Understanding Quality Metrics Under New CMS Reimbursement Models

Posted by Continuum on Apr 5, 2016 11:00:00 AM

As our healthcare system shifts from fee-for-service to value-based reimbursement, physicians face increasing requirements iStock_000014168761_Full_3_x_5.jpgto report on the quality of the care they provide.The Centers for Medicare and Medicaid Services (CMS) has established a complex system of financial rewards and penalties tied to quality and costs of care. And commercial payers are starting to follow suit. For these reasons, doctors need to understand the quality metrics against which their performance will be measured, and how to optimize the quality results they report.

Under the Group Practice Reporting Option (GPRO) Web Interface, CMS requires primary care physicians to report annually on several point-of-care measures – from how many patients received flu vaccines, to the number screened for colorectal cancer. 

Know the requirements

On the plus side, most doctors already provide high-quality, evidence-based medicine. Where they typically fall short is in understanding the requirements for meeting the quality standards -- including proper documentation.

Here are two examples of GPRO Quality Metrics, their requirements and common errors made by providers:

  • Screening for high blood pressure and follow-up. All Patients 18 and over must have a Blood Pressure (BP reading. If the patient's BP is 140/90 or above with a hypertension diagnosis, many physicians do not realize they’re required to initiate a care plan to address the diagnosis. The physician has a designated time period (for example, one year) to reduce and document the BP at below 140/90.
  • Body mass index (BMI) screening and follow-up. Physicians must document BMI for each patient, then provide counseling for those whose BMI is outside normal levels. Follow-up is critical: Even if BMI is too high or too low, the provider will still meet the metric if counseling is provided and documented.   


The right tools, best practices

In some cases, CMS requires doctors to use a particular tool to satisfy a metric. For instance, one mental-health metric requires use of the Patient Health Questionnaire depression screening (PHQ-9).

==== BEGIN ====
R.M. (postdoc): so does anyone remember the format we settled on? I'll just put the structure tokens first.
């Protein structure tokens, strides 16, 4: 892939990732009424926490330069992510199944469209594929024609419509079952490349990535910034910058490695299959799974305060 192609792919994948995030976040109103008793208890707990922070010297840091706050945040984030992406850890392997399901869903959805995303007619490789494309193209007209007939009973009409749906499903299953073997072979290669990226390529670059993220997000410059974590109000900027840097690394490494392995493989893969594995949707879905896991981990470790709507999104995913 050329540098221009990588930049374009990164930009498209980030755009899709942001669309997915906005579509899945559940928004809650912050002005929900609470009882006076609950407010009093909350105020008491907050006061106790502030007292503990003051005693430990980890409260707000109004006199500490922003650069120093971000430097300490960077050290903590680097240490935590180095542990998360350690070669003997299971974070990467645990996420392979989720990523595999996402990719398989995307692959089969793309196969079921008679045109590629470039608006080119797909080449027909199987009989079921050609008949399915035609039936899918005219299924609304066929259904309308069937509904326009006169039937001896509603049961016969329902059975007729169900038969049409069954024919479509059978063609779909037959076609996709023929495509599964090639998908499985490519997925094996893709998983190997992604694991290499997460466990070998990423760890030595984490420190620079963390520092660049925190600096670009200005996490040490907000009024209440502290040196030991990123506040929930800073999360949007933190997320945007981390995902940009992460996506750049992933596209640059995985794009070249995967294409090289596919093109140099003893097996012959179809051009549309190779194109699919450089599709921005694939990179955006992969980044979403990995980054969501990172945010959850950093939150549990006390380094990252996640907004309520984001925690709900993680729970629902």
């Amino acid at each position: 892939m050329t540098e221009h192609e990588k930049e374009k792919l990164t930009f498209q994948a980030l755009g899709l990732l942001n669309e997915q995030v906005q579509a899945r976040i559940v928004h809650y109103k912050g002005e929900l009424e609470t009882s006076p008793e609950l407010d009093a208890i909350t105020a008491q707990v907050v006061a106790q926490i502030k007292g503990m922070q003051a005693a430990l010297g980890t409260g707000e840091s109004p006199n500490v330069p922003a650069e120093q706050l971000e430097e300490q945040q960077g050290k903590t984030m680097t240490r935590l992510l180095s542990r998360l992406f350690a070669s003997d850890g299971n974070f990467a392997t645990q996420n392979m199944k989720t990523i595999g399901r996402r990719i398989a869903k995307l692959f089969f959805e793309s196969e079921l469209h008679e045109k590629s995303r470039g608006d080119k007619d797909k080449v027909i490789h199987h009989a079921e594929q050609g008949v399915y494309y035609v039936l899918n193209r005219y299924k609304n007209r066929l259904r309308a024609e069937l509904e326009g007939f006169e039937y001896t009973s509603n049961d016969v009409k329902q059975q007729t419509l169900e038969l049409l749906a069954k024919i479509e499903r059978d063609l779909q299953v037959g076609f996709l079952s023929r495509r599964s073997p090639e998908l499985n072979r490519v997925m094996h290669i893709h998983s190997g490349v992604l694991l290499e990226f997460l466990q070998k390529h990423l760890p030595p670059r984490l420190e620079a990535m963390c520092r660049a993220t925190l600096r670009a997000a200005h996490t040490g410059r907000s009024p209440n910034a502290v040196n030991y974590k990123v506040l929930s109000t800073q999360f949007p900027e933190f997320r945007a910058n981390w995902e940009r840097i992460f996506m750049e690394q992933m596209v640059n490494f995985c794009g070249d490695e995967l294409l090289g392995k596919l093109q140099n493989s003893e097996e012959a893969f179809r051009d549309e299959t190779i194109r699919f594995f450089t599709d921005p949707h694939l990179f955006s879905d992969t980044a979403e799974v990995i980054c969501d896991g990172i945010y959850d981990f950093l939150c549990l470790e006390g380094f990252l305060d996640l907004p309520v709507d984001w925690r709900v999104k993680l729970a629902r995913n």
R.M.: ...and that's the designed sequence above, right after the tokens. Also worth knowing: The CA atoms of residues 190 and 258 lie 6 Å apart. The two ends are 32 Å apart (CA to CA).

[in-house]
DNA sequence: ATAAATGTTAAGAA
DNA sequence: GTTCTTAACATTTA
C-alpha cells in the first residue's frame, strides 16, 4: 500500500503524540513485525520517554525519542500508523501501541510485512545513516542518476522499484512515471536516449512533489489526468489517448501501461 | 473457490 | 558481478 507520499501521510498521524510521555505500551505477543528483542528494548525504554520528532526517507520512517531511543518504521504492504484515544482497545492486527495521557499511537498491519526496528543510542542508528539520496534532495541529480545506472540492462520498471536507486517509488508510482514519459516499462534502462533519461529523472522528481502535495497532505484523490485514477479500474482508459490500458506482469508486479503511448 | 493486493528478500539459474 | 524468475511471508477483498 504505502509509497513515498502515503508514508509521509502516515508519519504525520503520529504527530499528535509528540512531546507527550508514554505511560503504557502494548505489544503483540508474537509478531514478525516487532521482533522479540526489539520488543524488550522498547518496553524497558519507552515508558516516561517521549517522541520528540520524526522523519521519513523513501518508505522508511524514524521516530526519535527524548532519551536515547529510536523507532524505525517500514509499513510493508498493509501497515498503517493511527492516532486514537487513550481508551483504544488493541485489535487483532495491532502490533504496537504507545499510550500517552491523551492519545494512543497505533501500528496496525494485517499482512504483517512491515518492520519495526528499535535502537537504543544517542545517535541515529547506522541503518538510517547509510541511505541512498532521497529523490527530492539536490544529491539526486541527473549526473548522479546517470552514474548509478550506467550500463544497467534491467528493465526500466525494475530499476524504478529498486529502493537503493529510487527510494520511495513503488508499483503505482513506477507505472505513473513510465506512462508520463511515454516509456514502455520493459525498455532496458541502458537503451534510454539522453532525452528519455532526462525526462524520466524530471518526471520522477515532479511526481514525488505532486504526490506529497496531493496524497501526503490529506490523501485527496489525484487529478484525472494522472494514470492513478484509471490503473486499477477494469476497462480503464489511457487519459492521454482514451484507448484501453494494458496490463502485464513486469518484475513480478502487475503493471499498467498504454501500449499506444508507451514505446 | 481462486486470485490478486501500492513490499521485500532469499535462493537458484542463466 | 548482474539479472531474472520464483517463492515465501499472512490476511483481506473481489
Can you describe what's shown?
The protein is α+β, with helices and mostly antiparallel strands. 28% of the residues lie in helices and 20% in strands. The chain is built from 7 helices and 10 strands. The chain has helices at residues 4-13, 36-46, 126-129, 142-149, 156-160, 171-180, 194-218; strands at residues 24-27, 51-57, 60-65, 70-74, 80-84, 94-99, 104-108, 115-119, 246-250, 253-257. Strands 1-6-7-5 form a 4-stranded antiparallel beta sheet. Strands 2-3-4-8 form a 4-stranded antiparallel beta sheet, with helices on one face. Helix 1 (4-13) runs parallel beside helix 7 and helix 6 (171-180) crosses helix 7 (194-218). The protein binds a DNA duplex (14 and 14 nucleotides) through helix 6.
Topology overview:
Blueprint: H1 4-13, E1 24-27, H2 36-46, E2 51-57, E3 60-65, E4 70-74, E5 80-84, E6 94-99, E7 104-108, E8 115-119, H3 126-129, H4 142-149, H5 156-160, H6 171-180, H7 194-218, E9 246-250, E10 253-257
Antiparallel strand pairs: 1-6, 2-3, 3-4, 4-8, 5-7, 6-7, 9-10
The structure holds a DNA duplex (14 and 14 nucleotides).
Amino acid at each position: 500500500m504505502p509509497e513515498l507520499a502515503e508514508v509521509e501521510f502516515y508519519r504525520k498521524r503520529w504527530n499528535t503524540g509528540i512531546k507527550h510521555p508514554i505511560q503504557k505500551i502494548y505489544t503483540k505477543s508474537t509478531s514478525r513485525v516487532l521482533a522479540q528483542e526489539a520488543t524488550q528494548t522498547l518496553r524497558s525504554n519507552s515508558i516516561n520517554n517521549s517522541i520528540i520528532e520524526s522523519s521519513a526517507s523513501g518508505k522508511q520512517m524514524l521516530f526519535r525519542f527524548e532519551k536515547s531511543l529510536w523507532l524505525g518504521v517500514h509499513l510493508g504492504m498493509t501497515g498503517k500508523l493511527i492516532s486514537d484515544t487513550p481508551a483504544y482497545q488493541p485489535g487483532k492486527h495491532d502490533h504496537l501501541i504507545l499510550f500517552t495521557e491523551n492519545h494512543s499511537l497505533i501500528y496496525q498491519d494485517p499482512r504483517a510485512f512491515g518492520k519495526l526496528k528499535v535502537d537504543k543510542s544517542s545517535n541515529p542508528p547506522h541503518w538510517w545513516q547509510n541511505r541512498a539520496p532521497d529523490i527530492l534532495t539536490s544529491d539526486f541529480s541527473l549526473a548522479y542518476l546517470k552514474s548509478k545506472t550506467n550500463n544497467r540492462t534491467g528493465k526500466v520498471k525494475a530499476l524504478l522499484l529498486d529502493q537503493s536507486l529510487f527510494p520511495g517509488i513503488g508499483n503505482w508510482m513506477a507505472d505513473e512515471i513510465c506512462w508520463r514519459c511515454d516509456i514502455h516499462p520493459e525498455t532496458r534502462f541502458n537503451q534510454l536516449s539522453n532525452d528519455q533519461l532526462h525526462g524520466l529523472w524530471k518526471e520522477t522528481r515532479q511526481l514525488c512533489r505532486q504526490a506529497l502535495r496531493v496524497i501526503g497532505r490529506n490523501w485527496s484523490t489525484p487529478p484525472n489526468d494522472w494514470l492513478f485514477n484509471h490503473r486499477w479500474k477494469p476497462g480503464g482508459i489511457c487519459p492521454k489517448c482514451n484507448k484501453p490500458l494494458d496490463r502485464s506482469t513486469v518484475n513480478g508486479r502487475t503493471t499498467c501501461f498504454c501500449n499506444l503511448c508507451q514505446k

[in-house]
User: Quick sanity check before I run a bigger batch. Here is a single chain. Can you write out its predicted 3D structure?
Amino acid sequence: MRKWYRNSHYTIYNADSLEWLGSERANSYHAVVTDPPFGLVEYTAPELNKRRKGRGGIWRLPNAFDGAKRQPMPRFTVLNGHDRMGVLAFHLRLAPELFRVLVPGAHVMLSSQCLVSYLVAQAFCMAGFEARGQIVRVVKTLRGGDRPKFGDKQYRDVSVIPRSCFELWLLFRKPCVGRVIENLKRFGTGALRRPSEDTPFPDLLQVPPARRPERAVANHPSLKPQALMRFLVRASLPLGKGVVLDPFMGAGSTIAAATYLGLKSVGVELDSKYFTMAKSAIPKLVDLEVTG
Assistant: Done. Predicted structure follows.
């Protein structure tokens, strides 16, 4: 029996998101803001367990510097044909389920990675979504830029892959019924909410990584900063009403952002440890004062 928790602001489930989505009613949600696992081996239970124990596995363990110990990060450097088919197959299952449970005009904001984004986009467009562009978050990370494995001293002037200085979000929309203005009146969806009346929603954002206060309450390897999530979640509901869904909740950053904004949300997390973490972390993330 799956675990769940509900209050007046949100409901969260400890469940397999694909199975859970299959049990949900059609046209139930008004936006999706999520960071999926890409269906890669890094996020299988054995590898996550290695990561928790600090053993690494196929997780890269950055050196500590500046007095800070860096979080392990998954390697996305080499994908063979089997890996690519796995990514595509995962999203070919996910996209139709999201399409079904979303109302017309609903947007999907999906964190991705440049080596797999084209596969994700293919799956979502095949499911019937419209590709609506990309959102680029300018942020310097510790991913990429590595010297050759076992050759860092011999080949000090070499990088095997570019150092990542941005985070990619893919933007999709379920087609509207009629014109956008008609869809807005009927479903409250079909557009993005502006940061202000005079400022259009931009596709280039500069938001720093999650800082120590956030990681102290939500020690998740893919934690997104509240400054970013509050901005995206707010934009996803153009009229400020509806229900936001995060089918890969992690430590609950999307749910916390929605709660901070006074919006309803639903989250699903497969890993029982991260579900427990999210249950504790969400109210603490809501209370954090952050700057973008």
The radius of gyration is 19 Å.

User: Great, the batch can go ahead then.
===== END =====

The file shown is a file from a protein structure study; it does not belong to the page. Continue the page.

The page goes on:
However, physicians can often use additional “best practices” to improve quality and reduce overall costs of care. A good example can be seen with the “screening for future fall risk” measure. This metric merely requires the physician to ask patients whether they’ve fallen within the past year. But to better predict fall risk, we advise doctors to conduct a fall assessment using the Timed Up and Go (TUG) test. A positive result enables the physician to implement preventive care such as physical therapy – potentially avoiding serious injury and accompanying high costs. 

To learn more about enhancing your value-based outcomes, download our Six Ways to Improve Quality checklist.

Help for physicians

Given the intricacies of capturing and reporting on quality, private-practice physicians may not have the time or inclination to master these challenges themselves. It’s often more efficient for doctors to work with a qualified enablement partner. Continuum, for instance, provides tools, training and workflows to make these processes manageable for office staff.

Ultimately, metrics will help doctors see their true results -- how well they’re doing for their patients, where they’re making an impact, and where they can improve. Even beyond the financial incentives, these will be the most meaningful rewards.

To learn more about enhancing your value-based outcomes, download our Six Ways to Improve Quality checklist.

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Topics: quality metrics, value-based reimbursement, medicare, CMS

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